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Cryptojacking: The terrifying cyber threat none of us have heard of

This week, it was revealed that over 4,000 websites, including the NHS, the US government’s court system, Manchester.gov.uk, the Student Loans Company and the Financial Ombudsman Service have all been hijacked by hackers who use them to secretly mine cryptocurrencies.

Hackers exploit a very common plugin, called Browsealoud, which is used by these sites. Then, when visitors come to a website, they involuntary give up their computing power to the hackers.

Events like this will make it even harder to legitimise crypto in the minds of most people. Historically, cryptocurrencies have been, in the main, used by people who can’t access financial services, or who want to avoid using financial systems.

On Monday, to take another unfortunate example, Europol disclosed that £3bn to 4bn of criminal money is being laundered through cryptocurrencies. Because these digital stores of value are not printed, regulated or controlled by governments or central banks, and transactions are effectively made anonymously, it’s a realm that law enforcement cannot really access. Criminals are converting fiat currency into bitcoins, splitting it into smaller amounts and distributing it to “money mules”. Those individuals then convert the bitcoins back into fiat currency, before handing the money back to the criminals.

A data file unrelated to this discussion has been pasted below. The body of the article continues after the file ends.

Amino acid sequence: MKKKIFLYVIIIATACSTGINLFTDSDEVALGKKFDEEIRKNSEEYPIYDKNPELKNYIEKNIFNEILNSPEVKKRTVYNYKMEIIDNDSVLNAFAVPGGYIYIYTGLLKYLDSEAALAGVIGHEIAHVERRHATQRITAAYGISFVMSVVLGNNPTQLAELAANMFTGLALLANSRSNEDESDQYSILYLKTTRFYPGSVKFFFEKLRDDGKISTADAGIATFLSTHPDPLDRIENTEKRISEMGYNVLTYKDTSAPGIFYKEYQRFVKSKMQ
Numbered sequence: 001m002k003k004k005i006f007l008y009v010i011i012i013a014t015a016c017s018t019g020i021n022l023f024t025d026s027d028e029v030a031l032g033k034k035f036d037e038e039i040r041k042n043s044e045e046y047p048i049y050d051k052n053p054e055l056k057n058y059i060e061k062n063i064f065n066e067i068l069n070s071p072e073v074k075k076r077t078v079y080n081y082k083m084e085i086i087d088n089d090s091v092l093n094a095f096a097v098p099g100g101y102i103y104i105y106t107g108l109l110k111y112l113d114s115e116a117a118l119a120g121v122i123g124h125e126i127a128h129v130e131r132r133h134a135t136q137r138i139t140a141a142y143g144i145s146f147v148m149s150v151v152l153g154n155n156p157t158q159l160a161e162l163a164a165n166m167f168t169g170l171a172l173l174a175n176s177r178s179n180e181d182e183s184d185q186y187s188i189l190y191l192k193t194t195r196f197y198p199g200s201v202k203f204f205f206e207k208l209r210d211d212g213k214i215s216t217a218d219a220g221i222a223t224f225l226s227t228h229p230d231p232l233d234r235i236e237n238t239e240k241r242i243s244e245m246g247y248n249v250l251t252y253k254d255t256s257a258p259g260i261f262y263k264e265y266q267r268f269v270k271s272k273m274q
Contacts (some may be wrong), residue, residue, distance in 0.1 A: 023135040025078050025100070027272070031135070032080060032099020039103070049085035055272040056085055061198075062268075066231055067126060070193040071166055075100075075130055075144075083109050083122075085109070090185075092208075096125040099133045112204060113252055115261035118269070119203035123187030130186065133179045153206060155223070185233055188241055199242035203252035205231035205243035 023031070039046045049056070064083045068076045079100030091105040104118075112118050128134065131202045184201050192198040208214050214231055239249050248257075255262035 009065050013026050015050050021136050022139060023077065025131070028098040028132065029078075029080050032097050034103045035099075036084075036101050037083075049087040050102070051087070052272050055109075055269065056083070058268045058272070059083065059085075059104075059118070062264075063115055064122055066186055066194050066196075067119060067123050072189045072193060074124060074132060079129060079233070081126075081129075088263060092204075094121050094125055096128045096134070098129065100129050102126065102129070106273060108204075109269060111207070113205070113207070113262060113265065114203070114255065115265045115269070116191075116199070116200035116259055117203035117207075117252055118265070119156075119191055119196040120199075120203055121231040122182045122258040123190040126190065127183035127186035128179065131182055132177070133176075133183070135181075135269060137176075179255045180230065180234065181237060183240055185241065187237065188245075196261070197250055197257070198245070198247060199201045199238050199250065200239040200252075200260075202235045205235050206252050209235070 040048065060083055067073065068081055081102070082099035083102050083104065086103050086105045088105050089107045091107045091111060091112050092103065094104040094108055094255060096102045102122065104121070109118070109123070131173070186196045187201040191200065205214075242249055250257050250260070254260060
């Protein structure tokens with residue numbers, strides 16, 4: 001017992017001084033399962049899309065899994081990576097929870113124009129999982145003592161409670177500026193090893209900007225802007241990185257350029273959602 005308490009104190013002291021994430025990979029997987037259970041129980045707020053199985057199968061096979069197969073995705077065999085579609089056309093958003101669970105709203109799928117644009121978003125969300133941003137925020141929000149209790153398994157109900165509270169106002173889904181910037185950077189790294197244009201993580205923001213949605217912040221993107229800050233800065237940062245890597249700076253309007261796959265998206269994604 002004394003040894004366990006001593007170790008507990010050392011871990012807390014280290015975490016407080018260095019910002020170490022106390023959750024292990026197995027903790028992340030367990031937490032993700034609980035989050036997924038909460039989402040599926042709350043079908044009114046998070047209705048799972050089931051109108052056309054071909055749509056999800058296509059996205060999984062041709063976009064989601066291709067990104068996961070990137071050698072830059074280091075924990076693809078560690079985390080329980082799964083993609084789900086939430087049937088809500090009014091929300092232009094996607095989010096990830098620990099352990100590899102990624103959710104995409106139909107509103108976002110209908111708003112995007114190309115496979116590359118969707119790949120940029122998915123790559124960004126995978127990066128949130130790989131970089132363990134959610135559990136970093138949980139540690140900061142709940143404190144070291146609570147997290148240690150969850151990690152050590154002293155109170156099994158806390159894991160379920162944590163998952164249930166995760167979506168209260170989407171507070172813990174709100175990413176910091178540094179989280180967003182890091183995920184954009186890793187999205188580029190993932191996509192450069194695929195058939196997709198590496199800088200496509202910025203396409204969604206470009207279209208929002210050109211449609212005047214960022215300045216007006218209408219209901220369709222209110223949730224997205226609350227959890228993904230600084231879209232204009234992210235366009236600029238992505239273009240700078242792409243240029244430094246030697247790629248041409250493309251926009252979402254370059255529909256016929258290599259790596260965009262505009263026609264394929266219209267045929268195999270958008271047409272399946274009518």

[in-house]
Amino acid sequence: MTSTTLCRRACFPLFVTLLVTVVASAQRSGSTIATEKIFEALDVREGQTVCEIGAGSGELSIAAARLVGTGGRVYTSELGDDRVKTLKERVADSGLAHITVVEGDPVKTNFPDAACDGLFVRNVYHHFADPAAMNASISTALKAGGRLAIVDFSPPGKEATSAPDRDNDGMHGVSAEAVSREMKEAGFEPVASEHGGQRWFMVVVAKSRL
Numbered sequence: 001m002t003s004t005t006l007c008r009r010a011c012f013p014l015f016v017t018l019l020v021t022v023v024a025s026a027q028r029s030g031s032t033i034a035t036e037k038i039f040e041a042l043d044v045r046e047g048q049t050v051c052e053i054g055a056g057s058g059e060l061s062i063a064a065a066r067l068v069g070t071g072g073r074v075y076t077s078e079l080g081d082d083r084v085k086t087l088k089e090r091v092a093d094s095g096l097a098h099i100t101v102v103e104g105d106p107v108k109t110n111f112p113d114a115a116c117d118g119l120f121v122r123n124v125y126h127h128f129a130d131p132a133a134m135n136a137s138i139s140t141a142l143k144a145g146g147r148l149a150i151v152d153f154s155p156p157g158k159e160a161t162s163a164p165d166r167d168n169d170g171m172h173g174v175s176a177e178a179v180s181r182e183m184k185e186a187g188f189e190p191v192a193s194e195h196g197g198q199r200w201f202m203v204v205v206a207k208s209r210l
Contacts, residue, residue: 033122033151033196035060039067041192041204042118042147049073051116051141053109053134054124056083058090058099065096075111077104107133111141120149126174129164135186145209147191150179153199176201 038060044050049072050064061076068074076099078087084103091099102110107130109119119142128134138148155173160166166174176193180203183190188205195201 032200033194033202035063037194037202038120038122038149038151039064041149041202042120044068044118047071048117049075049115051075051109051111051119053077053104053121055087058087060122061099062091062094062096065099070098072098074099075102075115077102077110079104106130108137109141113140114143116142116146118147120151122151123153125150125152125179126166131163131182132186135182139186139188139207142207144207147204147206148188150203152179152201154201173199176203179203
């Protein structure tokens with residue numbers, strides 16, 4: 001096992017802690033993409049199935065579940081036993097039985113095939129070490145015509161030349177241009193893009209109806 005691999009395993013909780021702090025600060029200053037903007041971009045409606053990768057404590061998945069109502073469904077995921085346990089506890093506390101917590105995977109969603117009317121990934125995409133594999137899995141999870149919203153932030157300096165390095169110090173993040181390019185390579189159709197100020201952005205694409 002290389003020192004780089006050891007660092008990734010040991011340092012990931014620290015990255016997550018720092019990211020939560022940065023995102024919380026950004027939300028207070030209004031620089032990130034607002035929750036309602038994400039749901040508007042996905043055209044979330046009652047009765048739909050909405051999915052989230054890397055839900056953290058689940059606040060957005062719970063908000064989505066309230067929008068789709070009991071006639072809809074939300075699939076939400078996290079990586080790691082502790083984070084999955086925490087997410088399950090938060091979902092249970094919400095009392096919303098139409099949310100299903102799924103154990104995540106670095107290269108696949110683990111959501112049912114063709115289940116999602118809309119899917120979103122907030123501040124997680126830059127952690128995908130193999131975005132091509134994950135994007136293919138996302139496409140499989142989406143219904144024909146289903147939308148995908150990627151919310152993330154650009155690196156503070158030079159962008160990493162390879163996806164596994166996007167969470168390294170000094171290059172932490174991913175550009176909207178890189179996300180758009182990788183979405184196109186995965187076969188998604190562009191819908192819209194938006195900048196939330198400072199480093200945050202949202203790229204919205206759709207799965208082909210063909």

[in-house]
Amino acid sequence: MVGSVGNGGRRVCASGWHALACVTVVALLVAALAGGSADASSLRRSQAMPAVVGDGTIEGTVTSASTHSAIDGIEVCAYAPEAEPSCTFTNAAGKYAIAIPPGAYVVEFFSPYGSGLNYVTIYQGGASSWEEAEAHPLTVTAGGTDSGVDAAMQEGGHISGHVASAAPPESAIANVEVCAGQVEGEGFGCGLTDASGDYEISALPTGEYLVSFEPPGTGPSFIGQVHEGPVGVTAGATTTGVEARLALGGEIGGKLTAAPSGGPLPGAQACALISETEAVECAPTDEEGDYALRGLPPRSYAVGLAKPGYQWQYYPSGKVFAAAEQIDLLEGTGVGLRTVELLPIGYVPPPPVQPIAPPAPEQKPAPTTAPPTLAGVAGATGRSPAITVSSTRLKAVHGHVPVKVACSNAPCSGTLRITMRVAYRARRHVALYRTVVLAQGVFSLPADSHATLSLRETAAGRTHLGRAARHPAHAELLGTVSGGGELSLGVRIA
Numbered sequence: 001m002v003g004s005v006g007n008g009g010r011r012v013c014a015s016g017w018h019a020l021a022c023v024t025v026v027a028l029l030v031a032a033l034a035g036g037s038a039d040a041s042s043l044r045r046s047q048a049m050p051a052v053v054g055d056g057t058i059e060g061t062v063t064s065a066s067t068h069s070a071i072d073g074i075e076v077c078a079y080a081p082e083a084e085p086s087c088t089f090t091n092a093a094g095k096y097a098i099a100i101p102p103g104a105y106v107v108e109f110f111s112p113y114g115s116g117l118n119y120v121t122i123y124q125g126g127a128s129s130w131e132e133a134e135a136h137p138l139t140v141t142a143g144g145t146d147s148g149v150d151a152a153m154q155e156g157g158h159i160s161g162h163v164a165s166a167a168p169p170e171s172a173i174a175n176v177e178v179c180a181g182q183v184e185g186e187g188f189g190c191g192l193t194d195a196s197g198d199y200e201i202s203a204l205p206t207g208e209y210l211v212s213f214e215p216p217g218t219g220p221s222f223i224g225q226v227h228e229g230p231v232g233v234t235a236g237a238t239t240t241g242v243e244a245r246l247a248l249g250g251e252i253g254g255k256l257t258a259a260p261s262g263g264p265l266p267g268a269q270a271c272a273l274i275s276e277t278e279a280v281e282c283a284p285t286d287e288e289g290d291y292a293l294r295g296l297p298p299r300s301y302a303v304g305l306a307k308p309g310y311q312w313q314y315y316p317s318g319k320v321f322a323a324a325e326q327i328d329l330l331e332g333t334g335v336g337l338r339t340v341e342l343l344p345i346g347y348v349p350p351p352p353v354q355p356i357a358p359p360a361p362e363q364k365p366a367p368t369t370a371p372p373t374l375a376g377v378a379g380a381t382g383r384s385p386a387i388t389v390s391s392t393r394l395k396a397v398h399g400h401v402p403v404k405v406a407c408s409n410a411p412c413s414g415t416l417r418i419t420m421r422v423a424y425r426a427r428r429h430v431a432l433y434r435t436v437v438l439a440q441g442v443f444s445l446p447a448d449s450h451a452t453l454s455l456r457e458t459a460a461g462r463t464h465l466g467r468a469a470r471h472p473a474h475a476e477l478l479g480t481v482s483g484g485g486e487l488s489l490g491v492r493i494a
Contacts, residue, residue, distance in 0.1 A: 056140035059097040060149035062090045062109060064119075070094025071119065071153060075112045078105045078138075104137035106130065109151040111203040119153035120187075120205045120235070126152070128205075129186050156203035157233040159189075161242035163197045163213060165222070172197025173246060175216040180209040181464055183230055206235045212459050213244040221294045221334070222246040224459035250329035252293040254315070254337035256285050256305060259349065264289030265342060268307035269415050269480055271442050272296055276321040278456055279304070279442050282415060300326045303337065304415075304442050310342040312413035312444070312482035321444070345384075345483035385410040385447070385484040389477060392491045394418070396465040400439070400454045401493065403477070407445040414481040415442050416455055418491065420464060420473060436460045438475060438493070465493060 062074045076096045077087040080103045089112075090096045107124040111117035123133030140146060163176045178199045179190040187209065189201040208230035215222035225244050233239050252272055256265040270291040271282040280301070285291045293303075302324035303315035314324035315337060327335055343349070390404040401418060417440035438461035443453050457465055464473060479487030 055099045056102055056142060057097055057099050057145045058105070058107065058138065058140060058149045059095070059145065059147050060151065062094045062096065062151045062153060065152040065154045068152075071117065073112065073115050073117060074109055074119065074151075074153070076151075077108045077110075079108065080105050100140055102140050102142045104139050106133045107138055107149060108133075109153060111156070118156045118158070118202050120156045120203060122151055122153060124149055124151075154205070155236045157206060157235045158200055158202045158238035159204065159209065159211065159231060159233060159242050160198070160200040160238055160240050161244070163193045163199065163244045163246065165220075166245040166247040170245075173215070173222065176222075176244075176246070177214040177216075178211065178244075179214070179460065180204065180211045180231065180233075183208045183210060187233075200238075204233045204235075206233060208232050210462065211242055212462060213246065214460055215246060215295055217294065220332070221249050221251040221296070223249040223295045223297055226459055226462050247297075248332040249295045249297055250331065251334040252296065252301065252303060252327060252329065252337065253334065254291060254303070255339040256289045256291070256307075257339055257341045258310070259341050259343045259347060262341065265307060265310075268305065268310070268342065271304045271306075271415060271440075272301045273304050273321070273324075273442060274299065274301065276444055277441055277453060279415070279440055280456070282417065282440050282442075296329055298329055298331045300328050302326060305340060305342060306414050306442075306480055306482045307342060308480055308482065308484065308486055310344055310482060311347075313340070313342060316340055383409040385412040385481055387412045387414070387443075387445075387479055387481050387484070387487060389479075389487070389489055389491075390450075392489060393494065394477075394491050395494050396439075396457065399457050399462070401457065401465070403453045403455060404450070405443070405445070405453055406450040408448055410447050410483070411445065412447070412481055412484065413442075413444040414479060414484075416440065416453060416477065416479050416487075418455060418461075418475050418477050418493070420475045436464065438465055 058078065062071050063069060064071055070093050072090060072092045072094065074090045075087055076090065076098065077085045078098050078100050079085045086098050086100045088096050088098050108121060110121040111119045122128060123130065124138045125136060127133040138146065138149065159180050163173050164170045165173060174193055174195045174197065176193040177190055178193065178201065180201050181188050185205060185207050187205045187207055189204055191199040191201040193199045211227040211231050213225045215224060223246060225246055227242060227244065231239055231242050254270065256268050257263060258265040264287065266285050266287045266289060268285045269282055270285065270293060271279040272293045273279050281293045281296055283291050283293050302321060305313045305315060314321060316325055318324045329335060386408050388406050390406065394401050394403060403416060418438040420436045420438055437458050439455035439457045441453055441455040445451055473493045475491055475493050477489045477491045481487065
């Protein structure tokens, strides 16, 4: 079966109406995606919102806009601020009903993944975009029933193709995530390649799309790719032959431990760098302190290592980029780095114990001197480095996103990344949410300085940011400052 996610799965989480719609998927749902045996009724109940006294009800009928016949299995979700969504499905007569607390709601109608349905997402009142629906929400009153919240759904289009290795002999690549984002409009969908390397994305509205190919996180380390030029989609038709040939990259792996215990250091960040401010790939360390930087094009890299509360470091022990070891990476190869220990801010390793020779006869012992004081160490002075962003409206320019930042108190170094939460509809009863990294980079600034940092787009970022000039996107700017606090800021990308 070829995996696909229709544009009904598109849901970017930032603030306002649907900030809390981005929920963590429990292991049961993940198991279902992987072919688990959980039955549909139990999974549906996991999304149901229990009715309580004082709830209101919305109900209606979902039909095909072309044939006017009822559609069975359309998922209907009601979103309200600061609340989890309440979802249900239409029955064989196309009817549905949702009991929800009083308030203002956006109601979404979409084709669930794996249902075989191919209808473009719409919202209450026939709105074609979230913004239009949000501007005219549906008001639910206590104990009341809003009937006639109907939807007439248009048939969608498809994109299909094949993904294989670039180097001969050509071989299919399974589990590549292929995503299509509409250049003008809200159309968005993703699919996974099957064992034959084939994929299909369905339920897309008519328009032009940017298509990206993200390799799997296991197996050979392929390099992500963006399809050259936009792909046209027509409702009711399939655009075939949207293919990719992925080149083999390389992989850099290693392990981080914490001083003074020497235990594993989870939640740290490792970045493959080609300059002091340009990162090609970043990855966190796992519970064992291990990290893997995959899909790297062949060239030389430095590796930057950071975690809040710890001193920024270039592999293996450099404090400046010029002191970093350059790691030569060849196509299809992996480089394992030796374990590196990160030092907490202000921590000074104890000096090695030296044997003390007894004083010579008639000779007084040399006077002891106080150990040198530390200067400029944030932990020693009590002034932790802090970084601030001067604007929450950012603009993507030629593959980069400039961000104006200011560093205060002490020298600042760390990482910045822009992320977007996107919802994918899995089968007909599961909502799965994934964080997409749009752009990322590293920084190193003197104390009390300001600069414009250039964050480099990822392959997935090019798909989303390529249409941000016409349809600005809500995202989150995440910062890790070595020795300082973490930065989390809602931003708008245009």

Is it hard to see how crypto, impervious to central regulation and control, will become globally adopted?

 

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